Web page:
Demand rises for high-speed internet service: report

Two new reports from J.D. Power report on what factors influence customer satisfaction on TV and online services.

If you’re placing ads alongside content on streaming services or investing ad dollars on mobile, it helps to know how accessible those services are and how consumers are using them.

Two new reports, the “2015 Canadian Television Provider Customer Satisfaction Study” and the “Canadian Internet Service Provider Customer Satisfaction Survey” from J.D. Power, analyze the lay of the service-provider’s land from coast to coast, revealing which companies come out on top.

The net result shows an increase in satisfaction in both television and the internet over last year, as overall customer satisfaction rose to 692 (on a 1,000-point scale) in 2015 from 685 in 2014, while internet satisfaction went up to 679, from 672 in the previous year.

Videotron in the East and Saskatel in the West scored the highest points for cable and internet services, both for the third year running.

The report aims to raise the bar on customer service by analyzing trends of content consumption, says Adrian Chung, account director at J.D. Power. “Behaviours have changed the demand for internet service with the use of on-demand streaming services, controlling household devices such thermostats remotely, or connecting smart appliances.”

Service providers are upping the quality of their internet service to compete with high consumer demand. Bell Canada announced yesterday that it has invested in the new Gigabit Fibe service, and will now offer the gigabit-per-second service in Toronto. Meanwhile, Rogers secured its deal to buy Mobilicity for $465 million earlier this week. The deal also set in place spectrum transfers that increase Wind network’s spectrum holdings and will also redistribute airwaves to allow Rogers to take advantage of increased internet speed and bandwidth.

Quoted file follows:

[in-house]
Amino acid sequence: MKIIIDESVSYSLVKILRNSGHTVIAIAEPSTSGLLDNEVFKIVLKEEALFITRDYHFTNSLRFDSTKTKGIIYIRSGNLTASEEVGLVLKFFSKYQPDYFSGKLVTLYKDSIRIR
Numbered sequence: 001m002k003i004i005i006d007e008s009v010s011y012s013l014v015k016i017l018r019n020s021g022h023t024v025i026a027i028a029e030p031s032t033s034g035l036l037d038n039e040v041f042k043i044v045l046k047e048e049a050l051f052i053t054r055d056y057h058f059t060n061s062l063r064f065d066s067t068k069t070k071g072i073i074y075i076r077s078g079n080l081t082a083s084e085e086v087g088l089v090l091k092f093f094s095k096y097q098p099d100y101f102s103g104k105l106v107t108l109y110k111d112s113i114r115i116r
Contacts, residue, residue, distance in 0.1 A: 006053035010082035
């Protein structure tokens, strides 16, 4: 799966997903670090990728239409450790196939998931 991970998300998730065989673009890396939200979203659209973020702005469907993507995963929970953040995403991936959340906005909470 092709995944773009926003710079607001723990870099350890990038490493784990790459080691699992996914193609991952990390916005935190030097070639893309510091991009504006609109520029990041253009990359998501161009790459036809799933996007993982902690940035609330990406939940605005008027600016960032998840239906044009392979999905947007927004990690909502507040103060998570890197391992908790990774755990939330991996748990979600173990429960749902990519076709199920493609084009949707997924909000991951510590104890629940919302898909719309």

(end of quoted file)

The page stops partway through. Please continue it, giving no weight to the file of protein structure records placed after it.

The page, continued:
The J.D. Power reports showed that customers are significantly impacted by disruptions to their service. Customers who suffered service outages on television and/or their internet service had lower levels of satisfaction for their service providers. Over 30% of respondents in both groups had suffered some kind of service disruption.

The search for more reliable, high-speed connectivity is pushing up the demand for fibre-optic-based connections. In 2015, 18% had this type of connection, over 15% in the previous year. Satisfaction ratings between fibre optic and cable modem and DSL customers is not significantly different, though with fibre optic customers ranking marginally higher with 698 points over 689 and 670 for the rest. Speed remained an issue for customers of all three services: 49% of fibre optic customers had experienced slow speed, 52% for cable and 54% for DSL.

The study is based on a survey compiled with a sample size of 9,500 TV customers (3,400 in the west; 6,100 in the east) and 9,600 internet customers (3,700 in the west and 5,900 in the east). The television report takes six factors into account, including performance and reliability, cost of service, programming, communication, billion and customer service. The internet report is based on all of the same factors except programming.

The report concluded that cost is a major factor in customers’ decisions to cut the cord or to shift ISP providers. Some 27% reported that they were considering changing providers within the year based on better-priced packages.


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